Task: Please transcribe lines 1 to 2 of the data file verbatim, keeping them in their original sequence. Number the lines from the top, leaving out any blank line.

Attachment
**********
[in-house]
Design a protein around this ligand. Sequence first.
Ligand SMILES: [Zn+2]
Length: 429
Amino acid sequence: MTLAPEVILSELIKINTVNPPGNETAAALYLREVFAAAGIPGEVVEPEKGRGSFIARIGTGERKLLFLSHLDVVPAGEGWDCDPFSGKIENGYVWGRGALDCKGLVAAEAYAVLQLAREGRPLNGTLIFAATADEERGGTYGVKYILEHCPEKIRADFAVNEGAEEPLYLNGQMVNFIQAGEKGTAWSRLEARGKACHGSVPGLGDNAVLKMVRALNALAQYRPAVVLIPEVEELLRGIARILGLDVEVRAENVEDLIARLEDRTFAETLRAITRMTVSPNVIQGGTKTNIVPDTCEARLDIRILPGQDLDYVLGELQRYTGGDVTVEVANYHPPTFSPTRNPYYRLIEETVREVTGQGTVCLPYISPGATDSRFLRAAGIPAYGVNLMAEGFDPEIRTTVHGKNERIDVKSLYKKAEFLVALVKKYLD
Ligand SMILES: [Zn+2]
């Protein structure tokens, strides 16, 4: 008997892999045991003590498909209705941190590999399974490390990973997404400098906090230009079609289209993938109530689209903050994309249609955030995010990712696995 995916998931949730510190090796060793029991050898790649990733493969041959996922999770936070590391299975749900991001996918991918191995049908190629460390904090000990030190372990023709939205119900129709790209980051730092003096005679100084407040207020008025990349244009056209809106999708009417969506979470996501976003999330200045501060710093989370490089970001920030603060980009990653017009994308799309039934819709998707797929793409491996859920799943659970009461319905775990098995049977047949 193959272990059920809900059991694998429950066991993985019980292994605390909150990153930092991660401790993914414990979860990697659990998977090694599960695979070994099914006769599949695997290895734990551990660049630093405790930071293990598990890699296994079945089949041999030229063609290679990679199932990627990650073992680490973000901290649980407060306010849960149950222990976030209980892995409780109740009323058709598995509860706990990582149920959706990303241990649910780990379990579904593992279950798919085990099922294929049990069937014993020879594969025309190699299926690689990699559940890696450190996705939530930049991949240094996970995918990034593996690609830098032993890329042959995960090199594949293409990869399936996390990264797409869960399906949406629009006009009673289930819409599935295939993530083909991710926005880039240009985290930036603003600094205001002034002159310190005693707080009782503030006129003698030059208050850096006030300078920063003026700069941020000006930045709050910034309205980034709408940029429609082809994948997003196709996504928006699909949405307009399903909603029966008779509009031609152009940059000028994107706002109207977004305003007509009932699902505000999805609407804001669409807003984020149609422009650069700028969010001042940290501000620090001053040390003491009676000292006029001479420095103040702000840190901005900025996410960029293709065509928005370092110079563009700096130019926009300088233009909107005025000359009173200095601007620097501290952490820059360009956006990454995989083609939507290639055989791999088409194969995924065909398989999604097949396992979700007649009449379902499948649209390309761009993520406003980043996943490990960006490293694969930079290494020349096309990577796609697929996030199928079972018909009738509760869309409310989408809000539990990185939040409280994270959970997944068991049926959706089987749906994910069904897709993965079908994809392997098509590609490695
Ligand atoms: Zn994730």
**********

[in-house]
Design a protein around this ligand. Sequence first.